Media reports of supermarket staff being abused while challenging customers who misuse disabled parking bays are disappointing but not particularly surprising.
A few years ago we heard about a non-disabled chap who would turn up to play football at a village sports centre and routinely park in the only bay designated for disabled visitors. When challenged he said it didn’t matter because disabled people didn’t do sport anyway.
Leaving aside such breath-taking ignorance in a country which won 147 medals at the Paralympics in 2016, it’s clear that people need to open their minds rather more to the needs of disabled people, including drivers and their passengers
Disabled people need accessible parking bays for a variety of reasons – some are unable to travel far, some can’t use public transport, they generally need the extra space that an accessible bay has with its hatched markings to the side and rear so that doors can be fully opened. The extra space can help in many ways, for example a wheelchair user can position their chair alongside the car, and someone with limited mobility can open the car door fully to get in and out.
People who don’t have these requirements shouldn’t park in these bays. They have the ability to move around freely without being disabled by distance or lack of space. The same applies to inconsiderate drivers who park across footpaths – they create problems for other people in society.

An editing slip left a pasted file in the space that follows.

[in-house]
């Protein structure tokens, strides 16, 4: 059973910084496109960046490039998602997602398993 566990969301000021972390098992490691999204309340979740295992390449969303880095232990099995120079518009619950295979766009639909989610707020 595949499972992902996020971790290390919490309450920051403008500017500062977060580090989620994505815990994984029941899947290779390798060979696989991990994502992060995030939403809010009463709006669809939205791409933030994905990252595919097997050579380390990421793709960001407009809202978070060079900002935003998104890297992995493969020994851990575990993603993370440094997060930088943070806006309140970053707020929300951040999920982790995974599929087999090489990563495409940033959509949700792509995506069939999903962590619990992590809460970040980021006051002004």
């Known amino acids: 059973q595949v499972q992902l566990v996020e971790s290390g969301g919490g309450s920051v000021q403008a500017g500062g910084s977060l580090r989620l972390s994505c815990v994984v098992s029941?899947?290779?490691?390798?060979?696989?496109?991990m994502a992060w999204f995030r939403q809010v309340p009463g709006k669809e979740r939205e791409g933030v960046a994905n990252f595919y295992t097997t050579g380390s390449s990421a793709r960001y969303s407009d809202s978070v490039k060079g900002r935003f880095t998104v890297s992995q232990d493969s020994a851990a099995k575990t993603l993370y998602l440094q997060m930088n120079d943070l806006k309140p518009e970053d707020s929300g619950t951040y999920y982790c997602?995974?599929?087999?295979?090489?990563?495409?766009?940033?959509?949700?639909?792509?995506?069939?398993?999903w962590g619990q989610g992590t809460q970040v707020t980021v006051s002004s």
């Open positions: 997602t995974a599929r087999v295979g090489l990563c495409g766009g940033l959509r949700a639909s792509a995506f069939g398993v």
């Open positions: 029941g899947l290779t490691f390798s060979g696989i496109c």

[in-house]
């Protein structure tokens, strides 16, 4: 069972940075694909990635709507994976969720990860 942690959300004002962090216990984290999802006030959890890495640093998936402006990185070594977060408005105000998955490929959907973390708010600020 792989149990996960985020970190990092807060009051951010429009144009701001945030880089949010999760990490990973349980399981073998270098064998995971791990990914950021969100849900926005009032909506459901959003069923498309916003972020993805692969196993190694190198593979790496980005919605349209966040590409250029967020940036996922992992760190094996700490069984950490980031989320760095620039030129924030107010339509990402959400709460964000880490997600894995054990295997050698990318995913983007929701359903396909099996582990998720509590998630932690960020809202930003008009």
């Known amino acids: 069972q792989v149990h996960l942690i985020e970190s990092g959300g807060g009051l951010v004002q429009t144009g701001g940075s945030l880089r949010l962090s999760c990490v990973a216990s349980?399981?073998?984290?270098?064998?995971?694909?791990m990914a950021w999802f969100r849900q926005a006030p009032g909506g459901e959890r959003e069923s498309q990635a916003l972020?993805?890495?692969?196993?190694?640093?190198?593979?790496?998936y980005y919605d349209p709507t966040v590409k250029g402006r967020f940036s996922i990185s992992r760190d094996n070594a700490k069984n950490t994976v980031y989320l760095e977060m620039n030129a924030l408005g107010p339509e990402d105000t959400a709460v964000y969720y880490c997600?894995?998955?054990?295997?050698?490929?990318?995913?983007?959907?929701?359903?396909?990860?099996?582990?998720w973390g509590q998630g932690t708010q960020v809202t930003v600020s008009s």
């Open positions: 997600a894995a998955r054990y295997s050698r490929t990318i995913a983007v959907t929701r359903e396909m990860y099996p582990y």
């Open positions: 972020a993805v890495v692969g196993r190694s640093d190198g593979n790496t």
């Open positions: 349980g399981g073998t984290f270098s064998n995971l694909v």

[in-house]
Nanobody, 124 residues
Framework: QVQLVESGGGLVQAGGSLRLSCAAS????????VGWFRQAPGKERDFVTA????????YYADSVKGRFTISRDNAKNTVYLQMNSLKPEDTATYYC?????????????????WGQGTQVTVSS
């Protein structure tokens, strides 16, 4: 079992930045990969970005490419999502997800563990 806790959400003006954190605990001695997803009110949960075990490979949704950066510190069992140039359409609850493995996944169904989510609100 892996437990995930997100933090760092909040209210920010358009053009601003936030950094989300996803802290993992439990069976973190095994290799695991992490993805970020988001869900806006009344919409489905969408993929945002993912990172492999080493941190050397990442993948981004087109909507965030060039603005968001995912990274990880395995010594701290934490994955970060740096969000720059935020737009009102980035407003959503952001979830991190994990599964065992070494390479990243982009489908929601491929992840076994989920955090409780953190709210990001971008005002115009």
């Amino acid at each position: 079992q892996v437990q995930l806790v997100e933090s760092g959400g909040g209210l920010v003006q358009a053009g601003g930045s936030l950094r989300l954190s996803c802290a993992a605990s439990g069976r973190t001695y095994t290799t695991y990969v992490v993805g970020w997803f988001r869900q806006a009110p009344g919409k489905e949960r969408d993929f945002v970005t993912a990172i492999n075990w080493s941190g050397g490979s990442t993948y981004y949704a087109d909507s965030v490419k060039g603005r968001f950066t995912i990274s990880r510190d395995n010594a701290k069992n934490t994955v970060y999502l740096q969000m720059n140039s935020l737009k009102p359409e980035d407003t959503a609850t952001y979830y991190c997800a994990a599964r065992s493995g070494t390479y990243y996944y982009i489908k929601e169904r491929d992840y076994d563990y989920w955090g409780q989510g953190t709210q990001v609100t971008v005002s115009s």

Those who park in accessible bays without justification or who obstruct pavements are clearly inconsiderate of others in society and no doubt think only of themselves. People need to be educated to appreciate the importance of accessible parking spaces in the same way as they have become accustomed to accessible WCs. That means recognising that not all impairments are visible, and not all disabled people use wheelchairs. Indeed, the Government is currently looking into extending blue badge permits to people with hidden disabilities.
In addition to the moral questions, the misuse of accessible parking bays should be recognised as a business issue for the shopping centres and other facilities served by the car parks.
The spending power of disabled people and their companions is known as the “purple pound” and in 2017 it was calculated at £249 billion per annum. If disabled shoppers, diners, drinkers and – YES! – visitors to sports centres can’t park in a suitable space they will spend their money elsewhere and the businesses which cannot accommodate them will lose out.